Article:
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the safest social environment for me to dance and the part of the community. please preserve our constitutional rights. thank you. >> good evening. i want to thank you for having this dialogue. on a personal note, my brother in law and many friends are deejays of electronic music. i can tell you that each one of them care more about their audiences than any performer you will ever meet. the king here today to read a letter from my friend, a soldier who is living for afghanistan soon, who says electronic music and events in san francisco have made him a better leader of his platoon. the supreme court judge ruled in favor of protecting the constitutional rights of the westborough baptist --
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westboro a baptist church to spread hatred at the funeral support soldiers. yet we would restrict the right to those who want to express themselves through dance and creativity. banning the right to protest would have set a precedent that could have lead to meaningful protests by others being banned in the future. the same president must be applied here. one could argue that most electronic music rarely if ever carries explicit or negative messages, but the medium of music itself has been used to express meaningful political opinions. based on this court ruling, to restrict one style of live performance is an assault on the entire political medium. the only types of free speech that can be built are those that are obscene, slanderous, or inside violence. electronic music does not follow any of these restrictions. this bill is clearly unconstitutional.
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my friend lives for afghanistan in 10 days. he uses electronic music to get his soldiers through the war as separate as possible. he hopes when he returns to san francisco he will have a place to dance. >> good evening. on behalf of everyone here in the room and the people downstairs, thank you to what is left of the youth committee and the entertainment committee. my name is anthony james. i also go by the name rocco dynamite. i am also a general manager of an auto shop in san francisco. i have been a musician for over 20 years. the last five, i have been hosting events as a promoter and throwing parties here in san
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francisco. i can go on and on about how electronic dance music and raves has made my life more positive, but we are here because of the growing concern of unsafe and venues, drug use, illegal parties, and violence that clubs here in san francisco. mostly, the non-permitted events -- just to stop there, we can cut it all out, but it is going to drive the youth underground, to wear myself and other promoters in this room do not have the resources to have proper security and to regulate the drug use and the alcohol consumption, and the security. you take that away from us and it will go to where we cannot control it. also, i believe this bill is unwarranted in many areas, and unnecessarily targets and reprimands and restricts the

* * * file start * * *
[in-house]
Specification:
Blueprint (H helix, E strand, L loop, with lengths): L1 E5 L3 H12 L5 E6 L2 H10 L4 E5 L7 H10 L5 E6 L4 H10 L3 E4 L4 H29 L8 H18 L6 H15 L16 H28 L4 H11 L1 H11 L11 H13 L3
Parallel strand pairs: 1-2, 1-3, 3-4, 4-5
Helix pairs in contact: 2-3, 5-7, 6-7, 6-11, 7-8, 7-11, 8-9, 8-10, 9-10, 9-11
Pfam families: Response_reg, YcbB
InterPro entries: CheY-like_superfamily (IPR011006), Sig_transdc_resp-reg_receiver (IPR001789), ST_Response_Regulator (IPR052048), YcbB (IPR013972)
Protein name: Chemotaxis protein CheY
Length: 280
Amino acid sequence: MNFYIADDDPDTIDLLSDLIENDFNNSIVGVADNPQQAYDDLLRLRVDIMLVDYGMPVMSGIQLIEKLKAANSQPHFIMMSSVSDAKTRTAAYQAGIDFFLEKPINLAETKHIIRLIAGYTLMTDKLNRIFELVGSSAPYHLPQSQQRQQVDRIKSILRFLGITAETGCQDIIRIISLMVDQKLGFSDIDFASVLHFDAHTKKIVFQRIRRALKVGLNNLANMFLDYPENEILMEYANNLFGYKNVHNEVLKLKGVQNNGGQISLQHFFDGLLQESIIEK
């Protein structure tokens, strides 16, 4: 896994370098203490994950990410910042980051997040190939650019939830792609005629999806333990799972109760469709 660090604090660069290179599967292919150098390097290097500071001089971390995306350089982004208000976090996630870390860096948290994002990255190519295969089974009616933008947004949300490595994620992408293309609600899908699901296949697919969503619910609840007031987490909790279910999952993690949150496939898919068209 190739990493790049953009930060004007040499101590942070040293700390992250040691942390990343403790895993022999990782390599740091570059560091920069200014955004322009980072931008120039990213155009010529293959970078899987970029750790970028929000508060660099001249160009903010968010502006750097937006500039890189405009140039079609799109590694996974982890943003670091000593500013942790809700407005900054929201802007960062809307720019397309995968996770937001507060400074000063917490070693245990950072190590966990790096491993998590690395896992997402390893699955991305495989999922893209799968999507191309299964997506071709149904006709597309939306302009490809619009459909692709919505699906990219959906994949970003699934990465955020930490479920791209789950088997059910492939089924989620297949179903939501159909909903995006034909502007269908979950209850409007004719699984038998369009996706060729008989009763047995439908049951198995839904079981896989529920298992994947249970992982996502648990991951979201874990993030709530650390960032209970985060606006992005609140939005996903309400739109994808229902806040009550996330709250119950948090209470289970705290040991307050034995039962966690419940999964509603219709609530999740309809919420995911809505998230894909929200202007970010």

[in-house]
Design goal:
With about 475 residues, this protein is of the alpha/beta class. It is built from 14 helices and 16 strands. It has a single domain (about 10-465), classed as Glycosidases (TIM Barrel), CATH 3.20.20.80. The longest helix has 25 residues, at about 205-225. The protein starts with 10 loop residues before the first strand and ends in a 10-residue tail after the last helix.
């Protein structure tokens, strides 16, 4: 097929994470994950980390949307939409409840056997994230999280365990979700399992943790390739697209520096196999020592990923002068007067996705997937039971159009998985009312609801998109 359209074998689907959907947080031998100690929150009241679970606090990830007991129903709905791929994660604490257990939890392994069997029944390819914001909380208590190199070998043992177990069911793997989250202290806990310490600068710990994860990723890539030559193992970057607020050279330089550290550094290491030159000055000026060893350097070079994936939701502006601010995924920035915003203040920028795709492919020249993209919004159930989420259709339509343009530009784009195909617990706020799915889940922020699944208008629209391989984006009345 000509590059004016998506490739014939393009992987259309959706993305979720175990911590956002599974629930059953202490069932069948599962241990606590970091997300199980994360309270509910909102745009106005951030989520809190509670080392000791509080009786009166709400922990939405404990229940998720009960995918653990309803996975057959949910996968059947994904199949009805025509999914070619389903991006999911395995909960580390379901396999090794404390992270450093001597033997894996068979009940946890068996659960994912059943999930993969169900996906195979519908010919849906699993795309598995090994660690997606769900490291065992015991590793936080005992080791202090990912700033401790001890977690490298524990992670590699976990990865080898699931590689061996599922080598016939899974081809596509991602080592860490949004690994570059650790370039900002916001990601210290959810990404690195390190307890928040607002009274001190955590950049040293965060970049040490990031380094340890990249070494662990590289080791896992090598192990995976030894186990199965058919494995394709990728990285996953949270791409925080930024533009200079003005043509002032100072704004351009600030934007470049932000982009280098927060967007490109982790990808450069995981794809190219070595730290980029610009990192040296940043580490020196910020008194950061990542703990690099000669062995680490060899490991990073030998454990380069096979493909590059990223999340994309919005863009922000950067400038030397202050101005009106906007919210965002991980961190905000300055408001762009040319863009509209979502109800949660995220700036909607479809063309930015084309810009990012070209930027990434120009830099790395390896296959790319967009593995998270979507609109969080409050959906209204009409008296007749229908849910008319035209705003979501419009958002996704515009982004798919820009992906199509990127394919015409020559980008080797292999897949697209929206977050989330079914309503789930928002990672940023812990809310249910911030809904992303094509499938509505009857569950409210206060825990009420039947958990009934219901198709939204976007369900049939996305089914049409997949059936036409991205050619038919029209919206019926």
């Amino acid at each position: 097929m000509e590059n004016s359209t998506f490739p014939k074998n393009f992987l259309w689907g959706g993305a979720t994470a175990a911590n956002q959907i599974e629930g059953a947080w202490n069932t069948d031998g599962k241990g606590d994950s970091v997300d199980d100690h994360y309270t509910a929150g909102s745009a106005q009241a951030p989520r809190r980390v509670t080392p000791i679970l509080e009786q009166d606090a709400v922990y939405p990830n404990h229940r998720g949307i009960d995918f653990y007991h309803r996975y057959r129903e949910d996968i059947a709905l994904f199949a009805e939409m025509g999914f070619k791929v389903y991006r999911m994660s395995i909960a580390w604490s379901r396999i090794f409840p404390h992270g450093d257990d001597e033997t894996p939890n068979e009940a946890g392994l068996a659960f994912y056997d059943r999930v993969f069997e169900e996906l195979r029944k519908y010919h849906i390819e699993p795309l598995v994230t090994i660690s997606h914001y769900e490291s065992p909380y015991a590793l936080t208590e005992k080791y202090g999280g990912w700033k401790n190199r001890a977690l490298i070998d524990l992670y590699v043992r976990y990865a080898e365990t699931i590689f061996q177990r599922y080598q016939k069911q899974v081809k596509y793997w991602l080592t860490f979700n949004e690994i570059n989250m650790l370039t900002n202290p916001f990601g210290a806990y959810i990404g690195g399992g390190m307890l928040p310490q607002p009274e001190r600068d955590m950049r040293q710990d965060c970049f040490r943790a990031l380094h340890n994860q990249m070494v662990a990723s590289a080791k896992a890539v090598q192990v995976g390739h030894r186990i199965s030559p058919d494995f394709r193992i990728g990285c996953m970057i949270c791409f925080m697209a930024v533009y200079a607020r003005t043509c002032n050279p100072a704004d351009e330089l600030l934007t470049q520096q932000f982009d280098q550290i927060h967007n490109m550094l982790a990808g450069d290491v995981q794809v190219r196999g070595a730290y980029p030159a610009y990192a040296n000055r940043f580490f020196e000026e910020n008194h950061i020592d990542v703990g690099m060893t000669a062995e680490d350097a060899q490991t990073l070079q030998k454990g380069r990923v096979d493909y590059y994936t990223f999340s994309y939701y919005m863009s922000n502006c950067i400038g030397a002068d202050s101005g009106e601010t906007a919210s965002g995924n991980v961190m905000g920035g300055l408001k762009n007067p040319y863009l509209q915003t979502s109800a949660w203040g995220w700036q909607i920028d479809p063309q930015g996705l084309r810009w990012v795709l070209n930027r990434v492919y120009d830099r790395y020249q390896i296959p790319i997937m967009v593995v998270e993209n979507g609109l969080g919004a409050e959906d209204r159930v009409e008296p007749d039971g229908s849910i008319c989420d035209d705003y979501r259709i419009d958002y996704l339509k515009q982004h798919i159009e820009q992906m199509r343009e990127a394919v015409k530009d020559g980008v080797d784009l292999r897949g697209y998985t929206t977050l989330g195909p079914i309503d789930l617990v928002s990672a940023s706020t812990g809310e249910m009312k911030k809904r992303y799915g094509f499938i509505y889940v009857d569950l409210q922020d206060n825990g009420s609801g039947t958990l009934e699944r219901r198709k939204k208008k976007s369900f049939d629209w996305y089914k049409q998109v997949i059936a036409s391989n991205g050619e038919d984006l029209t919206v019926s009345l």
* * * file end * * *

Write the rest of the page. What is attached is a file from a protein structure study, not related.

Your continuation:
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promoters like myself, and venue owners, from creating revenue and the business needed to pay over heads in their clubs. that being said, not to mention the patrons after 2:00 a.m. that are buying gas, eating in the diners, paying four times after hours -- this is revenue the city needs. the issue with illegal drug use -- >> the think the community can regulate itself? >> absolutely. what you need is a tighter clamp on security, metal detectors, cutter searches for drugs in people's pockets when they go into drugs, and there is your problem right there. >> can you do that? >> absolutely. but if the stop dance music, you are hurting the scene, a venue owners, and promoters like
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myself. it is a matter of clamping down on security. there is your issue with drug use and violence. tighter security, and there is your problem solved. you cannot put the blame on venue owners and promoters. dance music and dancing have been part of life since the beginning of time. it is not the club owners. it is patrons who are irresponsible and doing things in the wrong fashion and the wrong manner. it is also venue owners and promoters who do not have tight enough security. putter security, cutter surges into the clubs and parties. there you go. >> my name is brian van winkle. i am a student at southern oregon university, a seventh generation san franciscan. many of these accusations come from a great ignorance of the
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music scene, and here say based on a small percentage of participants. any large group of people will naturally have a few bad apples. we are sending a message that this chandra of music is particularly bad, despite the fact that the music and the scene have no inherent purple properties. most of the music does not even have words. even though there is other music out there with specific references to drugs and acts of violence, which are specifically fighting electronic music because it has a bad reputation. denying this music scene because it makes people uncomfortable is a violation of constitutional rights of free speech and assembly. when a close bars because of our call related deaths every year? this is not simply a californian or an american scene, but a worldwide sensation. this music is played over europe, south america, and india. all of these countries are able to regulate and support this
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music. why is it that the leader of the free world is trying to man an art form -- ban an art form from the public? to deny the scene altogether robs us of the beauty and expression of the voice of our generation. >> thank you, members of the commission. i am a san francisco resident, a fourth generation 1. i am a musician. i support and applaud the electronic dance music scene and community and wish to see it protected. when you were young, depending on the decade, you had sock hops, discos, underground dance clubs, and more. today, the music is a little faster and louder and the lighting is dynamic and vibrant.